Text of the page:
I was the youngest in my class and at my base in Miami; however, I acquired seniority quickly. Many hired after me would stay on reserve for years, but I held a “line”as it was called back then in my 6th month of flying. I held really awful routes, but I knew my schedule. I always ended up with New York City layovers, and I was the A line quite often, which id what the flight leader was called in 1978. One time I was on the DC ‘stretch 8’ as the A line flying home to Miami from La Guardia airport and the engines caught fire as we started taking off. The was aborted immediately. I was only 21 years old. I did as I had been taught for emergencies and spoke with the Captain immediately. He said have everyone remain seated. I walked back through the cabin and looked out the windows and saw we were surrounded by fire trucks. Then we were towed back to the airport. The passengers were taking photos, and they didn’t panic. However, they did complain a lot about the delay. We changed airplanes and made it back to Miami that night. I think when this happened, I really grew up and into my job. To this day, I don’t panic when there is a situation that requires attention or there is an emergency.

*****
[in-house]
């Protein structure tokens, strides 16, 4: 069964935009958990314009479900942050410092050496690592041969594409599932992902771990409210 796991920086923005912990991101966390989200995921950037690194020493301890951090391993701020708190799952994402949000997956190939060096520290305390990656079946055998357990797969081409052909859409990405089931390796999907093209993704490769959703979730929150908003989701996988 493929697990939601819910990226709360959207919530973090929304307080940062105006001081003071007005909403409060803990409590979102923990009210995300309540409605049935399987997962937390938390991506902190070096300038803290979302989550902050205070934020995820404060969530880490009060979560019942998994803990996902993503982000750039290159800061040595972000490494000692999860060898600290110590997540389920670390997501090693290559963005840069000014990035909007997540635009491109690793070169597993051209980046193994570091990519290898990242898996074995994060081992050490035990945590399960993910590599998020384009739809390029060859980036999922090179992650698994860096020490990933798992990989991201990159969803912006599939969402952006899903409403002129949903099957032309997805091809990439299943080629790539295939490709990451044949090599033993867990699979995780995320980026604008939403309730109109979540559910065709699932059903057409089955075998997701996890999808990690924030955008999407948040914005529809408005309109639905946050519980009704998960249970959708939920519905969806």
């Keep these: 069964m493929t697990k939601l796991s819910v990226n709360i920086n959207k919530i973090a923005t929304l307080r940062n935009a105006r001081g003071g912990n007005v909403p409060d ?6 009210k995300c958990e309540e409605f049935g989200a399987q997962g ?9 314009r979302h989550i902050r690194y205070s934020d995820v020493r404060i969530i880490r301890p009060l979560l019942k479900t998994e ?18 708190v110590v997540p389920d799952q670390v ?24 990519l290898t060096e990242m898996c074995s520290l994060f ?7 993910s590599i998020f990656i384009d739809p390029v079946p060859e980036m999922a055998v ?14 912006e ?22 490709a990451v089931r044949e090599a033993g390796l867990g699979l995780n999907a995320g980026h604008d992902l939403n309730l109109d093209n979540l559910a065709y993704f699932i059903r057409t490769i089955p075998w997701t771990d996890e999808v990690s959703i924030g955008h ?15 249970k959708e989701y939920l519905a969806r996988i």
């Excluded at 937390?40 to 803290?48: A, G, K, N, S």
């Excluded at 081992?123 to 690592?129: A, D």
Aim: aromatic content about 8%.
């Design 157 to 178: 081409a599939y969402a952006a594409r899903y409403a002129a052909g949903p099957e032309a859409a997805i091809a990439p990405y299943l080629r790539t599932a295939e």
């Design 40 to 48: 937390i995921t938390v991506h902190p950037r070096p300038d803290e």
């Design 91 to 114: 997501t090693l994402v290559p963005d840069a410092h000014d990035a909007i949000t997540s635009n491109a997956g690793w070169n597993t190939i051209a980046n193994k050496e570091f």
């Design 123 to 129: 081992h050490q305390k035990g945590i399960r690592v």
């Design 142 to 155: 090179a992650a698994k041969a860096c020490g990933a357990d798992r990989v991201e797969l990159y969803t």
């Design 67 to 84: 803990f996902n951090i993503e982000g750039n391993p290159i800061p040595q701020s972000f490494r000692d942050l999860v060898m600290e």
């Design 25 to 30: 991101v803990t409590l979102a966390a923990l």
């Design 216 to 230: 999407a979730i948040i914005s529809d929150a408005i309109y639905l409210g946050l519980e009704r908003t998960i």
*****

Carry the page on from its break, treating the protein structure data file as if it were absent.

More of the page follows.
Many people think of flight attendants as waitresses in the skies, but nothing could be further from the truth. As I continued on with my life as a flight attendant, I remained based in Miami and Delta had opened a base in Ft. Lauderdale. I moved to Ft. Lauderdale because this where I grew up and I had many friends. We often buddy bid together, and swapped trips to fly with each other, or to change our schedules. Then the unthinkable happened. Flight 191 from Ft. Lauderdale to Dallas, crashed with all of my friends working that flight. This crash resulted in the longest aviation trial in history and many movies, documentaries, news articles were written about this horrific crash. To this day, I am friends with many of the same people and we always recognize this anniversary on social media. The friends we lost impacted all of us greatly. We were all changed forever by the loss of our friends. Three of our co-workers survived. I am friends with one of them. A lovely courageous soul who wasn’t injured, but had to watch fireballs flying by and see others dying. She was one of the last to leave the tail section that had broken away from the other part of the Lockheed L-1011 aircraft. She had to get help to get another survivor from he plane. We all had done this trip before. They should have ended up in Los Angeles International Airport, a favorite layover spot for all of us at the time. I was in Dallas on a layover when this crash happened. I remember taking off and flying over the debris of the crash. It was there for a long time. When I arrived home I had a voice message on my voice recorder from Diane Johnson, a flight attendant killed in the crash. It haunts me to this day.